The appointed Medium and Refurbishment Contractors have commenced with two projects for completion in 2019. The final phase of the upgrade to Luka Jantjie House; this upgrade will be done in three stages as the current classes and staff in the building have to be accommodated and Health, Safety and Security maintained through the process. The other building will be the much awaited upgrade of the Community Hall and the building of a Staff Recreational and Mini Conference Centre on South Campus.

Small Projects

Works for the three contractors here are included, a Gatehouse and Staff Facilities on South Campus, a Staff Facilities Building and upgrade of the Gatehouse at Luka Jantjie House and the provision of Directional Signage throughout the Kimberley allowing all our future staff, students and guests to be directed to each of the three campuses. Additional work will include brickwork walling on South Campus.

Civil Projects

The appointment of Civil Contractors will able the use of our current tranche from the Northern Cape NLC in the building of a combination cricket oval and 2 rugby/soccer fields, i.e. the cricket pitch lies between the two soccer/rugby fields. In addition to this the full extent of South Campus will be served with ring mains which carry electricity, data fibre optic, water (potable and fire), waste water (grey water for irrigation), sewerage and the TABS supply to all future buildings on South Campus.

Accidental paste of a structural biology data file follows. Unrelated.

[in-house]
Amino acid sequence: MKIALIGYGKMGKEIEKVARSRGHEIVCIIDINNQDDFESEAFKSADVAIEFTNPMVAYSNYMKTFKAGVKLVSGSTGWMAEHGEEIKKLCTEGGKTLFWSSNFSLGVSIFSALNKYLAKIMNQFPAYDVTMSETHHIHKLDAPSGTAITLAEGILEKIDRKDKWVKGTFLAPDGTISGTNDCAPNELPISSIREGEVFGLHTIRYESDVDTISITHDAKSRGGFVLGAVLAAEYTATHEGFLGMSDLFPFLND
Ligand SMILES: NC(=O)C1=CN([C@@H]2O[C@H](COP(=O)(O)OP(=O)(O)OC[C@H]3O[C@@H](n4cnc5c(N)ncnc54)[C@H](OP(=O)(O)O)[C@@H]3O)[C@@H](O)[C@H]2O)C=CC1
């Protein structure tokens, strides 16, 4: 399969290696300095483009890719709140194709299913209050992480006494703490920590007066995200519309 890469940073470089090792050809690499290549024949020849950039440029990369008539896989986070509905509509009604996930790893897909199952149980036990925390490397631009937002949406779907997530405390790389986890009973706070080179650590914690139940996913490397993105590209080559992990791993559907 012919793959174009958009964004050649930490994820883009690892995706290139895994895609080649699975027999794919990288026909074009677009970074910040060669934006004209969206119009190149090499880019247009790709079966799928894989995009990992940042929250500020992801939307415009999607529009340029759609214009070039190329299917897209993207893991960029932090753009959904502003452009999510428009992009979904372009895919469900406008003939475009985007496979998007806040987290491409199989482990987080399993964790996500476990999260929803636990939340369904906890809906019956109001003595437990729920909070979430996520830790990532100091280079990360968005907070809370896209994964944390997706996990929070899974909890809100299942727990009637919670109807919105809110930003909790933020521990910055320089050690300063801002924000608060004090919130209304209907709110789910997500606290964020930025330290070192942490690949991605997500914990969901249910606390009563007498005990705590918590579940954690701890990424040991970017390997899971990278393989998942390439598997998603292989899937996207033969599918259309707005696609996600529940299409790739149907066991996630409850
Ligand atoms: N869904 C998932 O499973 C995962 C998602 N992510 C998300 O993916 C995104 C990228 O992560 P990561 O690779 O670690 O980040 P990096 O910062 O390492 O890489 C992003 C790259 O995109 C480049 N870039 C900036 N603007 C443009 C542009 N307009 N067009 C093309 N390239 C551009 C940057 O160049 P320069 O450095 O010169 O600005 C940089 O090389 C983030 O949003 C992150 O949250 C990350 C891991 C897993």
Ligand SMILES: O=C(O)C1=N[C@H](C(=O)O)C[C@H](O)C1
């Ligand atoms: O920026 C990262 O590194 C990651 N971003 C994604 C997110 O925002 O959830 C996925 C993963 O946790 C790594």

On Central Campus, work with include the full upgrade of Scanlan Road including the pedestrian crossing between the Central Campus Square and the Education Precinct ensuring that both are connected as Central Campus. Further to this is the upgrade to the N8/N12 traffic lights into a five entry point circle the same size as the Monument Circle on the N8. The provision of the circle will make the peak traffic movement at this point easier and with less restrictive flow.

Civil works also include the external works and landscaping, soft and hard, around each new building.